Nausea can strike anyone at any time. You might have eaten too much, or you're suffering from the stomach flu. It could be that you recently found out that you're pregnant and are experiencing morning sickness. Whatever the cause of your nausea, it's tempting to stay in bed in the fetal position and hope the feeling passes.
If you are experiencing serious medical symptoms, seek emergency treatment immediately.
That might not be the best solution, however. Consider getting out of bed, unrolling your mat and trying out a few yoga poses to calm your stomach. A study published in 2007 in European Journal of Cancer Care found that yoga calmed the symptoms of chemotherapy-induced nausea in cancer patients, so it stands to reason that certain poses could also help with nausea caused by other reasons 3.
Keep in mind that when practicing, avoid any yoga poses that involve bending backward, as that might make your nausea worse.
Deep Breathing in Savasana
Deep breathing is a focus in yoga, and it can help calm feelings of nausea. Filling up completely with oxygen means the muscles can release and the diaphragm muscles are able to relax, dispelling the queasy feelings.
To focus on your breathing, it's best to be in a pose that doesn't require concentration to maintain, such as Corpse pose, or Savasana. Lie flat on your back on your yoga mat with your legs extended. Place your arms in a neutral position by your sides.
To breath deeply, inhale air until your chest is full and you can't breath in any more. Hold the breath for three seconds, and then exhale through your mouth. Pull the navel in while you're pushing the air out, until your lungs are completely empty. Repeat this deep breath several times until you're feeling a little better.
- Deep breathing is a focus in yoga, and it can help calm feelings of nausea.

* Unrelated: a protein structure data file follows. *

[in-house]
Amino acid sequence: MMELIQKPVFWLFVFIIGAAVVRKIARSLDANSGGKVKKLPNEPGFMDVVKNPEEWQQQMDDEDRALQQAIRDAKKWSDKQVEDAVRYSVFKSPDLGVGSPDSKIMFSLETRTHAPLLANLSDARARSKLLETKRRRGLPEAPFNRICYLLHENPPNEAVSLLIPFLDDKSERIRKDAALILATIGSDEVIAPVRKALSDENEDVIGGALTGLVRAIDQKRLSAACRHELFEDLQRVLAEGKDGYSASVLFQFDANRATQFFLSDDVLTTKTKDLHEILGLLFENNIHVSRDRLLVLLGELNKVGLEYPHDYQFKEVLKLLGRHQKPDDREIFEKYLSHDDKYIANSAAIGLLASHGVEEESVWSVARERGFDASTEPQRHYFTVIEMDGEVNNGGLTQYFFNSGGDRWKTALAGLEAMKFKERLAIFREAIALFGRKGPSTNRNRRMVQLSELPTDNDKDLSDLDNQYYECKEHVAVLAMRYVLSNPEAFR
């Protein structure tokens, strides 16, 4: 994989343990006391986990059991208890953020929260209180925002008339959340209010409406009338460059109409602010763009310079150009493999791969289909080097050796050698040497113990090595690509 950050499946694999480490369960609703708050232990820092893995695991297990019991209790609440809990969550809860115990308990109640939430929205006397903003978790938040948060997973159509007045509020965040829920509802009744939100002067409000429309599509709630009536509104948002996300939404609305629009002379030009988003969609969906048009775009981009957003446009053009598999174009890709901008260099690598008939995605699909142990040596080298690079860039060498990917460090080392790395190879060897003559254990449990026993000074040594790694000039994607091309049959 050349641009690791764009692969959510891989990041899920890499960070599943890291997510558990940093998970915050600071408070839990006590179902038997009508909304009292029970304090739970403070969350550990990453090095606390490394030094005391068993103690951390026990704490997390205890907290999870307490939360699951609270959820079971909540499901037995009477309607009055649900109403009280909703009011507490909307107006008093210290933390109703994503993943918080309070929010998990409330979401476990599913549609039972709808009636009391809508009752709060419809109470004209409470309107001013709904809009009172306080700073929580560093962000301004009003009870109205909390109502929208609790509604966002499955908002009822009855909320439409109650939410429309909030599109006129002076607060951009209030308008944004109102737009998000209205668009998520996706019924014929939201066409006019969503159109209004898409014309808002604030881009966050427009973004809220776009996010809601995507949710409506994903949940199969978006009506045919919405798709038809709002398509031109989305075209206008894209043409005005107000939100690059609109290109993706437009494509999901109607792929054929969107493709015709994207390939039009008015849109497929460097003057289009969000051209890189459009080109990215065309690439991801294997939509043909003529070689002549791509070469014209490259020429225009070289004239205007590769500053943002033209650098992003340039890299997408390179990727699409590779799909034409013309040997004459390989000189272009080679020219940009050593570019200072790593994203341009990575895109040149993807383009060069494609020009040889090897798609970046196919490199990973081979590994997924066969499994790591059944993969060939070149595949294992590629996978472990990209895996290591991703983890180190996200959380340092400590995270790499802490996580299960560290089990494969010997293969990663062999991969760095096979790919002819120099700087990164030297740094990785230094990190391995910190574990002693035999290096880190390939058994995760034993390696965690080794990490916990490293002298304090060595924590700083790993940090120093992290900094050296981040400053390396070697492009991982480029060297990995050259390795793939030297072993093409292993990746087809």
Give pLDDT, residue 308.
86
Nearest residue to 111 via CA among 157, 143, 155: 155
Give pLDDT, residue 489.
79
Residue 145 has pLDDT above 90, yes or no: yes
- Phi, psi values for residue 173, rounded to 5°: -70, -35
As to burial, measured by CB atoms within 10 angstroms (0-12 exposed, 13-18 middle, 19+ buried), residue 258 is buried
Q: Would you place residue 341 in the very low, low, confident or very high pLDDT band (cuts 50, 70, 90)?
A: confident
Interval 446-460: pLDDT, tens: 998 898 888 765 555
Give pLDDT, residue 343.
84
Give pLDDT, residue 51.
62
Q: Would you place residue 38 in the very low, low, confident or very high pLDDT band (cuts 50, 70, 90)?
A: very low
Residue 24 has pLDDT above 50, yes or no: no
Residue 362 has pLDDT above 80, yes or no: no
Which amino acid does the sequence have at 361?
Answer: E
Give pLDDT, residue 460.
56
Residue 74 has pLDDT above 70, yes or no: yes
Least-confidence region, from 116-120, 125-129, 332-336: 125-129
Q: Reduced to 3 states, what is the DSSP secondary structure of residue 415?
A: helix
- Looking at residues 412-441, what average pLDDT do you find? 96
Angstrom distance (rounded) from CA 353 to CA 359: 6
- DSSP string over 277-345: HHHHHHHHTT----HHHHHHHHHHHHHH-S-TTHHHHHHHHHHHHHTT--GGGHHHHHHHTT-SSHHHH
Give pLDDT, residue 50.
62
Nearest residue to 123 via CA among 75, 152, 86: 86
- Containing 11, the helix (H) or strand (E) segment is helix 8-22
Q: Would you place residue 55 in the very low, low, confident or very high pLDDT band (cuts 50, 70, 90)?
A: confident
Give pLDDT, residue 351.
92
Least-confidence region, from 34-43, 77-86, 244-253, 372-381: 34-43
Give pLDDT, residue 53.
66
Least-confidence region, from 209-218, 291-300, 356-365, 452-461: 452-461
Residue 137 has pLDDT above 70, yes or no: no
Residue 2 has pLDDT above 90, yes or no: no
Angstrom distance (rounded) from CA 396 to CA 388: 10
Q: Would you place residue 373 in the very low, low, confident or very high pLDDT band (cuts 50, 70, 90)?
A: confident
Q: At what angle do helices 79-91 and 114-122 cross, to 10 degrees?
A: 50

- To focus on your breathing, it's best to be in a pose that doesn't require concentration to maintain, such as Corpse pose, or Savasana.
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Also known as Legs Up the Wall pose, Viparita Karani is known to quell pain from digestive problems or menstrual cramps. To do it, you'll need a thick blanket or pillow for support.
Lie on the floor so you're perpendicular to a wall. Lift your legs up and scoot your bottom as close to the wall as possible, so your legs form a 90-degree angle with your body at the hips. Place a blanket or pillow under your hips for support, and then breath and relax. Stay in the pose for anywhere from 5 to 15 minutes.
To release from the pose, bend your knees and push your pelvis off the floor to remove the support. Lower your back to the floor and turn to the side, take a breath, and then sit up.
- Also known as Legs Up the Wall pose, Viparita Karani is known to quell pain from digestive problems or menstrual cramps.
- To do it, you'll need a thick blanket or pillow for support.
Supta Virasana, also known as Reclining Hero pose, helps relieve nausea by lifting your diaphragm off your liver and stomach. However, it's an intermediate yoga pose, and shouldn't be attempted unless you can sit your buttocks on the floor between your knees in Hero pose already.
Place a bolster on the floor, and then immediately in front of it, get into Virasana, or Hero pose, with your knees bent below you and your butt on the floor between them. On the exhale, lower your back toward the floor, first leaning on your hands, and then supporting yourself on your elbows. Once you're on your elbows, release your lower back and recline onto a support bolster or blanket. Lift your arms up and over your head, extending them behind you. Stay in this pose for 30 seconds to 1 minute.
To get out of the pose, press your forearms into the ground and lift your torso up, moving the support to your hands.
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- Supta Virasana, also known as Reclining Hero pose, helps relieve nausea by lifting your diaphragm off your liver and stomach.
- On the exhale, lower your back toward the floor, first leaning on your hands, and then supporting yourself on your elbows.
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Kelsey Casselbury is a freelance writer and editor based in central Maryland. Her clients have included Livestrong, School Nutrition magazine, What's Up? Media, American Academy of Clinical Chemistry, SmartBrief and more. She has a formal education in personal training/nutrition and a bachelor's degree in journalism from The Pennsylvania State University.